Reduced stability and increased dynamics in the human Proliferating Cell Nuclear Antigen (PCNA) relative to the yeast homolog

Alfredo de Biasio, Ricardo Sánchez, Jesús Prieto, Maider Villate, Ramón Campos-Olivas, Francisco J. Blanco

Research output: Contribution to journalArticlepeer-review

21 Scopus citations


Proliferating Cell Nuclear Antigen (PCNA) is an essential factor for DNA replication and repair. PCNA forms a toroidal, ring shaped structure of 90 kDa by the symmetric association of three identical monomers. The ring encircles the DNA and acts as a platform where polymerases and other proteins dock to carry out different DNA metabolic processes. The amino acid sequence of human PCNA is 35% identical to the yeast homolog, and the two proteins have the same 3D crystal structure. In this report, we give evidence that the budding yeast (sc) and human (h) PCNAs have highly similar structures in solution but differ substantially in their stability and dynamics. hPCNA is less resistant to chemical and thermal denaturation and displays lower cooperativity of unfolding as compared to scPCNA. Solvent exchange rates measurements show that the slowest exchanging backbone amides are at the β-sheet, in the structure core, and not at the helices, which line the central channel. However, all the backbone amides of hPCNA exchange fast, becoming undetectable within hours, while the signals from the core amides of scPCNA persist for longer times. The high dynamics of the α-helices, which face the DNA in the PCNA-loaded form, is likely to have functional implications for the sliding of the PCNA ring on the DNA since a large hole with a flexible wall facilitates the establishment of protein-DNA interactions that are transient and easily broken. The increased dynamics of hPCNA relative to scPCNA may allow it to acquire multiple induced conformations upon binding to its substrates enlarging its binding diversity. © 2011 De Biasio et al.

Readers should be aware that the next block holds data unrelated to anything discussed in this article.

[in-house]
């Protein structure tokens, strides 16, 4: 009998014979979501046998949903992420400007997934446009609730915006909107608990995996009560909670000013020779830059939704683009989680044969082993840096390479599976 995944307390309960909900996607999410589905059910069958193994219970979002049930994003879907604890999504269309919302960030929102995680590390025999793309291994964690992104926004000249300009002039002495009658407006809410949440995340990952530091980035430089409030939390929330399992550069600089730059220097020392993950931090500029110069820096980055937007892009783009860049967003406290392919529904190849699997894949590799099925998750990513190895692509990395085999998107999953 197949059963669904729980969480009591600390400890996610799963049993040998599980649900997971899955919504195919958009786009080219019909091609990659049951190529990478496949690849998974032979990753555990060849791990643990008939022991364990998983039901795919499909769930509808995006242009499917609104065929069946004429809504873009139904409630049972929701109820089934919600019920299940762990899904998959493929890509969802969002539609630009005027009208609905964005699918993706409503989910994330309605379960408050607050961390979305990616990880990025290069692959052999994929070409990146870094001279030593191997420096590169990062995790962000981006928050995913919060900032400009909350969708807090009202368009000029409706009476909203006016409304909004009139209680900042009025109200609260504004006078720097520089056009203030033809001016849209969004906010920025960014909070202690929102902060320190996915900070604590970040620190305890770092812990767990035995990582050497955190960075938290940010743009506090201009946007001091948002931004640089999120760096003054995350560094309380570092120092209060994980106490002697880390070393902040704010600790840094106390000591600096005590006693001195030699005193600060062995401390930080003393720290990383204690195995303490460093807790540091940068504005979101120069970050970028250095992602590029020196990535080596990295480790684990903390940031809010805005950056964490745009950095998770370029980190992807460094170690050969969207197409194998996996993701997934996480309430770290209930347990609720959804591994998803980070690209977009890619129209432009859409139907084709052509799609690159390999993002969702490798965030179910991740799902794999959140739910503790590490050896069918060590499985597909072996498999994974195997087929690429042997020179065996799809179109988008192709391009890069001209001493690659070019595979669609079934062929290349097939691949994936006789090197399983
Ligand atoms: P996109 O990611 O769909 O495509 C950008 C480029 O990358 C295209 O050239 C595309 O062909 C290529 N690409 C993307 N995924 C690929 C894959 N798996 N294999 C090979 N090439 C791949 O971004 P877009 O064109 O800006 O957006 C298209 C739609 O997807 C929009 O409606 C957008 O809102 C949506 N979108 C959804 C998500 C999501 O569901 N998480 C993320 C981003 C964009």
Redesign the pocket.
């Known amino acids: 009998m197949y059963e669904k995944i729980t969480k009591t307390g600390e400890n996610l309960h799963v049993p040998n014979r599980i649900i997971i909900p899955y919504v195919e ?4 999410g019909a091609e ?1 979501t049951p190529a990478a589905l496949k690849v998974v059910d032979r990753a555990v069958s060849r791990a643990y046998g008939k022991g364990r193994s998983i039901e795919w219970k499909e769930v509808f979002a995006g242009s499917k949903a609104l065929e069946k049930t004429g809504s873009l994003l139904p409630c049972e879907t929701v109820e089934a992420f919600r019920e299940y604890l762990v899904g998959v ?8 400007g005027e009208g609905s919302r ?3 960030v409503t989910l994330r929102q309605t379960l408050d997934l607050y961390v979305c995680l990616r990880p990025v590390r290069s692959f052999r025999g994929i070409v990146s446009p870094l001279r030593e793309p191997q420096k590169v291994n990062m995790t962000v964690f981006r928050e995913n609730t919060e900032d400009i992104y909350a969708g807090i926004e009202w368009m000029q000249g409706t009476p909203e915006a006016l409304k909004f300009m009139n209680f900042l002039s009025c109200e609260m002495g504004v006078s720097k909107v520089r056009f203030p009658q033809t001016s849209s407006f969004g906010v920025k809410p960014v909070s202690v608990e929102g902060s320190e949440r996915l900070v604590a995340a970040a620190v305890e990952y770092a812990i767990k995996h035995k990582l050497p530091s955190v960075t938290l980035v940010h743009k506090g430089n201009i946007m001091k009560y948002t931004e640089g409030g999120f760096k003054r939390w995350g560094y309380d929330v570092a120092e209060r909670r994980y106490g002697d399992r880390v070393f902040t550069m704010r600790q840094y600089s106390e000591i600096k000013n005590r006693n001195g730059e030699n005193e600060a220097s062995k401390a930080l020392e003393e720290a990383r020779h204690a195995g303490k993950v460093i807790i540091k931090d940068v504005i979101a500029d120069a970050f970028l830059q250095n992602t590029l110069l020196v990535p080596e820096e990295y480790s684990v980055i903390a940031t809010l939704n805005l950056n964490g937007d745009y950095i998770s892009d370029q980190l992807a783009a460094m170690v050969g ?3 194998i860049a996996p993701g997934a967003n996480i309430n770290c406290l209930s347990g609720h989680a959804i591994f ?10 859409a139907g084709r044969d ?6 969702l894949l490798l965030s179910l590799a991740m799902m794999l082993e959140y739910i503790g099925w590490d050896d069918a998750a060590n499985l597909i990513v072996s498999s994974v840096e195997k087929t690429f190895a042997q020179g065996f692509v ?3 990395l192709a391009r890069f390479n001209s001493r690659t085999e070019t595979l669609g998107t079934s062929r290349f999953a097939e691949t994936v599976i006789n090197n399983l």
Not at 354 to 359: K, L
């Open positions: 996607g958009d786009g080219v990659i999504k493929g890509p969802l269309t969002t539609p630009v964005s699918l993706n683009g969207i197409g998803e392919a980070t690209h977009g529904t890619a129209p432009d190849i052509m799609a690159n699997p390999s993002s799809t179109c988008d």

Original languageEnglish (US)
JournalPLoS ONE
Issue number2
StatePublished - Jan 1 2011
Externally publishedYes

ASJC Scopus subject areas

  • General Agricultural and Biological Sciences
  • General Biochemistry, Genetics and Molecular Biology
  • General Medicine


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